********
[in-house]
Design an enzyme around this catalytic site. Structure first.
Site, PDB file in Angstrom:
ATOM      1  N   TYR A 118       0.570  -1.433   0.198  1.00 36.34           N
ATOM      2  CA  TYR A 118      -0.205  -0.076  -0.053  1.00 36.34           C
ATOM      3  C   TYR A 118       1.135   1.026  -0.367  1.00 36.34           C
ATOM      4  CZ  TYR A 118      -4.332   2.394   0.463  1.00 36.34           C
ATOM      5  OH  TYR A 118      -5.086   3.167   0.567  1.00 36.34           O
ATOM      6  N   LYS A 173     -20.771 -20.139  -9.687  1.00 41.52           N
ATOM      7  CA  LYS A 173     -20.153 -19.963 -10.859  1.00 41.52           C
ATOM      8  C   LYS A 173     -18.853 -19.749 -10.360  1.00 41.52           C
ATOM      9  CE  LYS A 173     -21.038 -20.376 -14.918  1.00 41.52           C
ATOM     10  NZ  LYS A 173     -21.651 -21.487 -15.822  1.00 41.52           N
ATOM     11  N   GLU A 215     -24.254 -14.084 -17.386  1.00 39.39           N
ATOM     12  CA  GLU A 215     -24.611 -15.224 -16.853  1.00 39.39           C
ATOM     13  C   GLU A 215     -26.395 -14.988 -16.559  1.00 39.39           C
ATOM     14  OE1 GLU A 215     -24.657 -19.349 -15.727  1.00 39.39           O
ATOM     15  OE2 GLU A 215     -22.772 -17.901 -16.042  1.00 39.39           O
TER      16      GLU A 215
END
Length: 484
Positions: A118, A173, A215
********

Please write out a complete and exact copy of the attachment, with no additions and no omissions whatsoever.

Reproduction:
[in-house]
Design an enzyme around this catalytic site. Structure first.
Site, PDB file in Angstrom:
ATOM      1  N   TYR A 118       0.570  -1.433   0.198  1.00 36.34           N
ATOM      2  CA  TYR A 118      -0.205  -0.076  -0.053  1.00 36.34           C
ATOM      3  C   TYR A 118       1.135   1.026  -0.367  1.00 36.34           C
ATOM      4  CZ  TYR A 118      -4.332   2.394   0.463  1.00 36.34           C
ATOM      5  OH  TYR A 118      -5.086   3.167   0.567  1.00 36.34           O
ATOM      6  N   LYS A 173     -20.771 -20.139  -9.687  1.00 41.52           N
ATOM      7  CA  LYS A 173     -20.153 -19.963 -10.859  1.00 41.52           C
ATOM      8  C   LYS A 173     -18.853 -19.749 -10.360  1.00 41.52           C
ATOM      9  CE  LYS A 173     -21.038 -20.376 -14.918  1.00 41.52           C
ATOM     10  NZ  LYS A 173     -21.651 -21.487 -15.822  1.00 41.52           N
ATOM     11  N   GLU A 215     -24.254 -14.084 -17.386  1.00 39.39           N
ATOM     12  CA  GLU A 215     -24.611 -15.224 -16.853  1.00 39.39           C
ATOM     13  C   GLU A 215     -26.395 -14.988 -16.559  1.00 39.39           C
ATOM     14  OE1 GLU A 215     -24.657 -19.349 -15.727  1.00 39.39           O
ATOM     15  OE2 GLU A 215     -22.772 -17.901 -16.042  1.00 39.39           O
TER      16      GLU A 215
END
Length: 484
Positions: A118, A173, A215